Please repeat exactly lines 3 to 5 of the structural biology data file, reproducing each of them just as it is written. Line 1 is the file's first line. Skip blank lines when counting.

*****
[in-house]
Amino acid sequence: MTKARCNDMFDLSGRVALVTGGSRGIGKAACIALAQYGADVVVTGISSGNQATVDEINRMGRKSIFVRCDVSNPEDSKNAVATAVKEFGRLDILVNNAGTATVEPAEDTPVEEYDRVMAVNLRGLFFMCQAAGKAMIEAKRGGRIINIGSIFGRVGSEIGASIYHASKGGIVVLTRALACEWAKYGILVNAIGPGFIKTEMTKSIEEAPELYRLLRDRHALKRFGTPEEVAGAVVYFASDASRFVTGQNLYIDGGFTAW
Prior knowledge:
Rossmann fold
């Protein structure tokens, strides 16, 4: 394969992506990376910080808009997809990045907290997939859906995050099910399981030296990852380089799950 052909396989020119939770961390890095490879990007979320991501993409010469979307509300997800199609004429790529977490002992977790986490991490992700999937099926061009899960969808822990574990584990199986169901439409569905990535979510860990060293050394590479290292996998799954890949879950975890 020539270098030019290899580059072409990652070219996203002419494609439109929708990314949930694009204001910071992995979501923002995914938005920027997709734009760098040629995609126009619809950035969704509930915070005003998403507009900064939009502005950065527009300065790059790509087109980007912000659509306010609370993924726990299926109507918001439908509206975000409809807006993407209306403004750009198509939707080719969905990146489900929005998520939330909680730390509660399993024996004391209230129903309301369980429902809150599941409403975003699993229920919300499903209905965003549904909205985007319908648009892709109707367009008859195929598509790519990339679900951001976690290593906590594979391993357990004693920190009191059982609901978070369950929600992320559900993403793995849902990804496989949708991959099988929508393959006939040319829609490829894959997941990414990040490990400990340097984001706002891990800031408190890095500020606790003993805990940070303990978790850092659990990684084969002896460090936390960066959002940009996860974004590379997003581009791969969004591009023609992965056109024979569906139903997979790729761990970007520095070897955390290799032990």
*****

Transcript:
Prior knowledge:
Rossmann fold
């Protein structure tokens, strides 16, 4: 394969992506990376910080808009997809990045907290997939859906995050099910399981030296990852380089799950 052909396989020119939770961390890095490879990007979320991501993409010469979307509300997800199609004429790529977490002992977790986490991490992700999937099926061009899960969808822990574990584990199986169901439409569905990535979510860990060293050394590479290292996998799954890949879950975890 020539270098030019290899580059072409990652070219996203002419494609439109929708990314949930694009204001910071992995979501923002995914938005920027997709734009760098040629995609126009619809950035969704509930915070005003998403507009900064939009502005950065527009300065790059790509087109980007912000659509306010609370993924726990299926109507918001439908509206975000409809807006993407209306403004750009198509939707080719969905990146489900929005998520939330909680730390509660399993024996004391209230129903309301369980429902809150599941409403975003699993229920919300499903209905965003549904909205985007319908648009892709109707367009008859195929598509790519990339679900951001976690290593906590594979391993357990004693920190009191059982609901978070369950929600992320559900993403793995849902990804496989949708991959099988929508393959006939040319829609490829894959997941990414990040490990400990340097984001706002891990800031408190890095500020606790003993805990940070303990978790850092659990990684084969002896460090936390960066959002940009996860974004590379997003581009791969969004591009023609992965056109024979569906139903997979790729761990970007520095070897955390290799032990």